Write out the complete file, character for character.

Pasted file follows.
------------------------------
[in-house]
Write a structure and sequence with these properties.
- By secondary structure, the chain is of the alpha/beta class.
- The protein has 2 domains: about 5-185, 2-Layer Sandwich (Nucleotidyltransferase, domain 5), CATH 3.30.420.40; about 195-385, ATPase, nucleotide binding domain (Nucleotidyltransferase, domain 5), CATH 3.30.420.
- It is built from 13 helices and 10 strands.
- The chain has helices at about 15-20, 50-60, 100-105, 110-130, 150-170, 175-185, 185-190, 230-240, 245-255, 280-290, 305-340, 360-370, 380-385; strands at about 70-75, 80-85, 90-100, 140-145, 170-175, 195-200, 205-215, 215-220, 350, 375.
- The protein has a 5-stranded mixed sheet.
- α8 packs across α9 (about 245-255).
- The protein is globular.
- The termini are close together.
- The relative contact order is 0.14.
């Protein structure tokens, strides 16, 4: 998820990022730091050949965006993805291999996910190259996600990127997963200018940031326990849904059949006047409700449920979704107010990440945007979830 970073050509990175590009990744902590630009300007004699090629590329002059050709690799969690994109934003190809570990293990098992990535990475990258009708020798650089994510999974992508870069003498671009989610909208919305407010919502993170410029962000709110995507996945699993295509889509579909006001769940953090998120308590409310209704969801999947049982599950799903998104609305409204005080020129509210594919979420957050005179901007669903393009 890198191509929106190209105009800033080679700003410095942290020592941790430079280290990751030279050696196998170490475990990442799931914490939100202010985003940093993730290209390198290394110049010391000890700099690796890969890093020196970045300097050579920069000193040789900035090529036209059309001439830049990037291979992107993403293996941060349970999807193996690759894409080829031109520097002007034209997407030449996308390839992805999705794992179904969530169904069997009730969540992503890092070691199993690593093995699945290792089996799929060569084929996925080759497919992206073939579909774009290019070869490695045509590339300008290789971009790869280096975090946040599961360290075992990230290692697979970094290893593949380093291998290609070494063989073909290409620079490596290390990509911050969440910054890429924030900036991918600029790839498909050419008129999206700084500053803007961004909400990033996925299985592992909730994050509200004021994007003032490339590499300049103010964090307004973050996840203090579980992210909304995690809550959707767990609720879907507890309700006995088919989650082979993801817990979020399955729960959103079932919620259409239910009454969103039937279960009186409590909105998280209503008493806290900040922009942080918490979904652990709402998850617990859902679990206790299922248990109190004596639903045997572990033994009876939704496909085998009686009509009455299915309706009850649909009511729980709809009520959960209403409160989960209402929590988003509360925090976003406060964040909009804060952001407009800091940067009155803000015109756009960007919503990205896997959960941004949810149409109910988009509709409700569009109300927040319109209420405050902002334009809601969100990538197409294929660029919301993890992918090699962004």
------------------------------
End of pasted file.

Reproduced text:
[in-house]
Write a structure and sequence with these properties.
- By secondary structure, the chain is of the alpha/beta class.
- The protein has 2 domains: about 5-185, 2-Layer Sandwich (Nucleotidyltransferase, domain 5), CATH 3.30.420.40; about 195-385, ATPase, nucleotide binding domain (Nucleotidyltransferase, domain 5), CATH 3.30.420.
- It is built from 13 helices and 10 strands.
- The chain has helices at about 15-20, 50-60, 100-105, 110-130, 150-170, 175-185, 185-190, 230-240, 245-255, 280-290, 305-340, 360-370, 380-385; strands at about 70-75, 80-85, 90-100, 140-145, 170-175, 195-200, 205-215, 215-220, 350, 375.
- The protein has a 5-stranded mixed sheet.
- α8 packs across α9 (about 245-255).
- The protein is globular.
- The termini are close together.
- The relative contact order is 0.14.
């Protein structure tokens, strides 16, 4: 998820990022730091050949965006993805291999996910190259996600990127997963200018940031326990849904059949006047409700449920979704107010990440945007979830 970073050509990175590009990744902590630009300007004699090629590329002059050709690799969690994109934003190809570990293990098992990535990475990258009708020798650089994510999974992508870069003498671009989610909208919305407010919502993170410029962000709110995507996945699993295509889509579909006001769940953090998120308590409310209704969801999947049982599950799903998104609305409204005080020129509210594919979420957050005179901007669903393009 890198191509929106190209105009800033080679700003410095942290020592941790430079280290990751030279050696196998170490475990990442799931914490939100202010985003940093993730290209390198290394110049010391000890700099690796890969890093020196970045300097050579920069000193040789900035090529036209059309001439830049990037291979992107993403293996941060349970999807193996690759894409080829031109520097002007034209997407030449996308390839992805999705794992179904969530169904069997009730969540992503890092070691199993690593093995699945290792089996799929060569084929996925080759497919992206073939579909774009290019070869490695045509590339300008290789971009790869280096975090946040599961360290075992990230290692697979970094290893593949380093291998290609070494063989073909290409620079490596290390990509911050969440910054890429924030900036991918600029790839498909050419008129999206700084500053803007961004909400990033996925299985592992909730994050509200004021994007003032490339590499300049103010964090307004973050996840203090579980992210909304995690809550959707767990609720879907507890309700006995088919989650082979993801817990979020399955729960959103079932919620259409239910009454969103039937279960009186409590909105998280209503008493806290900040922009942080918490979904652990709402998850617990859902679990206790299922248990109190004596639903045997572990033994009876939704496909085998009686009509009455299915309706009850649909009511729980709809009520959960209403409160989960209402929590988003509360925090976003406060964040909009804060952001407009800091940067009155803000015109756009960007919503990205896997959960941004949810149409109910988009509709409700569009109300927040319109209420405050902002334009809601969100990538197409294929660029919301993890992918090699962004």